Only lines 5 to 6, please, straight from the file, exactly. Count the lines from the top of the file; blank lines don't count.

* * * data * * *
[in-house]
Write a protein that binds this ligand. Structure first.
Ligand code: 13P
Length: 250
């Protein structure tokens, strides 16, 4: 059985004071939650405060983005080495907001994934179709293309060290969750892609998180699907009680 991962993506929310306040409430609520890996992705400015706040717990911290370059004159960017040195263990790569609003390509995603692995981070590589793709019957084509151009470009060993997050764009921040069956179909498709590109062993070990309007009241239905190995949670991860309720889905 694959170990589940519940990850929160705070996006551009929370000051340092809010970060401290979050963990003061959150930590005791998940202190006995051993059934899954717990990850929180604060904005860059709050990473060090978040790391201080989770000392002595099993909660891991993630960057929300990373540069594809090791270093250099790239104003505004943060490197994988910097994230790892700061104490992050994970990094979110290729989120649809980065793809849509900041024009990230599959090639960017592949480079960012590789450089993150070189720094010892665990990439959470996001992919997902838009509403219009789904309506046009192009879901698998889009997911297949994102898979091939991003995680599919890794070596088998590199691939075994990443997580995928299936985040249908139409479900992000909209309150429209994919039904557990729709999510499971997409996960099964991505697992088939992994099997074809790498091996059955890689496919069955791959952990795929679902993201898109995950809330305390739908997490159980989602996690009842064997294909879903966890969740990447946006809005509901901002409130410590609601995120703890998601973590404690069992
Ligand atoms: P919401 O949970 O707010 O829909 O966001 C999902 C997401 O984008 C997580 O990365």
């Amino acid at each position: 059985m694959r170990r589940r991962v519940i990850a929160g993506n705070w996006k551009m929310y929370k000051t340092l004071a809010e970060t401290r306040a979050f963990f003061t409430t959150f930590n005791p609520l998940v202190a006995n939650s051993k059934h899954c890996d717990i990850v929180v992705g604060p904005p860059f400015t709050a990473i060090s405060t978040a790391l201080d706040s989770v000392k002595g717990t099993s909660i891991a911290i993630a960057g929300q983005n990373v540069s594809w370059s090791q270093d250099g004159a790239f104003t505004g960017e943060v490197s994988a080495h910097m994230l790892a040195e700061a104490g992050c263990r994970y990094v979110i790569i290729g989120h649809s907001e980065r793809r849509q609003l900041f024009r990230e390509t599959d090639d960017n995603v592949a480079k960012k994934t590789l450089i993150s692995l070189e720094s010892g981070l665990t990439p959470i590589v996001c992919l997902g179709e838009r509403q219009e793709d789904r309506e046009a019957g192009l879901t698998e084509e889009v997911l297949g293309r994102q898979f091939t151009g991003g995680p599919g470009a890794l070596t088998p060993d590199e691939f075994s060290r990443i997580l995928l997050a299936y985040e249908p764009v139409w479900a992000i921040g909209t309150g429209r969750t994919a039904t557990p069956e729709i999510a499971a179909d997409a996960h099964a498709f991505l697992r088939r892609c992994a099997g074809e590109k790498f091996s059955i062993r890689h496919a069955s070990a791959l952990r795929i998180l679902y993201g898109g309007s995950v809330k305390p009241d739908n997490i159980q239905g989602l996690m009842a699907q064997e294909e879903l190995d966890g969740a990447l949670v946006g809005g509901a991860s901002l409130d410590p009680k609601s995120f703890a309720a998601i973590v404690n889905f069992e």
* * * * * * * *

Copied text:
């Protein structure tokens, strides 16, 4: 059985004071939650405060983005080495907001994934179709293309060290969750892609998180699907009680 991962993506929310306040409430609520890996992705400015706040717990911290370059004159960017040195263990790569609003390509995603692995981070590589793709019957084509151009470009060993997050764009921040069956179909498709590109062993070990309007009241239905190995949670991860309720889905 694959170990589940519940990850929160705070996006551009929370000051340092809010970060401290979050963990003061959150930590005791998940202190006995051993059934899954717990990850929180604060904005860059709050990473060090978040790391201080989770000392002595099993909660891991993630960057929300990373540069594809090791270093250099790239104003505004943060490197994988910097994230790892700061104490992050994970990094979110290729989120649809980065793809849509900041024009990230599959090639960017592949480079960012590789450089993150070189720094010892665990990439959470996001992919997902838009509403219009789904309506046009192009879901698998889009997911297949994102898979091939991003995680599919890794070596088998590199691939075994990443997580995928299936985040249908139409479900992000909209309150429209994919039904557990729709999510499971997409996960099964991505697992088939992994099997074809790498091996059955890689496919069955791959952990795929679902993201898109995950809330305390739908997490159980989602996690009842064997294909879903966890969740990447946006809005509901901002409130410590609601995120703890998601973590404690069992
Ligand atoms: P919401 O949970 O707010 O829909 O966001 C999902 C997401 O984008 C997580 O990365």